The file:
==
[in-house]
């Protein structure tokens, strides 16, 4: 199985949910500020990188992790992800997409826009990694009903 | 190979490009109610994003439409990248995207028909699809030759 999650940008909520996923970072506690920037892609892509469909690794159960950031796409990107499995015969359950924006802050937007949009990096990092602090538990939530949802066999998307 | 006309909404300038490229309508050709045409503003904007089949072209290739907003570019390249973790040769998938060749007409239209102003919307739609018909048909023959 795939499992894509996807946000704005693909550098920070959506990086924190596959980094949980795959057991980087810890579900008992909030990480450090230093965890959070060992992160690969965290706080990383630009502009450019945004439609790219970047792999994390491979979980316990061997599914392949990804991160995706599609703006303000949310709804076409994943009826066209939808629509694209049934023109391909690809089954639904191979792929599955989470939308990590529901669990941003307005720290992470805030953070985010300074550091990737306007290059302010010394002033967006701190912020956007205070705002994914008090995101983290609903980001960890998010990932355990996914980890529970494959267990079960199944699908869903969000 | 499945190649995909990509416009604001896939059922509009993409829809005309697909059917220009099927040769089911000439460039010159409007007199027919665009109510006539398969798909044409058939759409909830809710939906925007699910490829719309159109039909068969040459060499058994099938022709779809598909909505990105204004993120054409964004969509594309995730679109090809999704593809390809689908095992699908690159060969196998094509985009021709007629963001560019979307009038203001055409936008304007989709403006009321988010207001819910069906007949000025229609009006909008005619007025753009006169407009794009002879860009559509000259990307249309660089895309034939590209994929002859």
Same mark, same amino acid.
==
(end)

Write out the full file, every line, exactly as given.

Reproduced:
[in-house]
């Protein structure tokens, strides 16, 4: 199985949910500020990188992790992800997409826009990694009903 | 190979490009109610994003439409990248995207028909699809030759 999650940008909520996923970072506690920037892609892509469909690794159960950031796409990107499995015969359950924006802050937007949009990096990092602090538990939530949802066999998307 | 006309909404300038490229309508050709045409503003904007089949072209290739907003570019390249973790040769998938060749007409239209102003919307739609018909048909023959 795939499992894509996807946000704005693909550098920070959506990086924190596959980094949980795959057991980087810890579900008992909030990480450090230093965890959070060992992160690969965290706080990383630009502009450019945004439609790219970047792999994390491979979980316990061997599914392949990804991160995706599609703006303000949310709804076409994943009826066209939808629509694209049934023109391909690809089954639904191979792929599955989470939308990590529901669990941003307005720290992470805030953070985010300074550091990737306007290059302010010394002033967006701190912020956007205070705002994914008090995101983290609903980001960890998010990932355990996914980890529970494959267990079960199944699908869903969000 | 499945190649995909990509416009604001896939059922509009993409829809005309697909059917220009099927040769089911000439460039010159409007007199027919665009109510006539398969798909044409058939759409909830809710939906925007699910490829719309159109039909068969040459060499058994099938022709779809598909909505990105204004993120054409964004969509594309995730679109090809999704593809390809689908095992699908690159060969196998094509985009021709007629963001560019979307009038203001055409936008304007989709403006009321988010207001819910069906007949000025229609009006909008005619007025753009006169407009794009002879860009559509000259990307249309660089895309034939590209994929002859």
Same mark, same amino acid.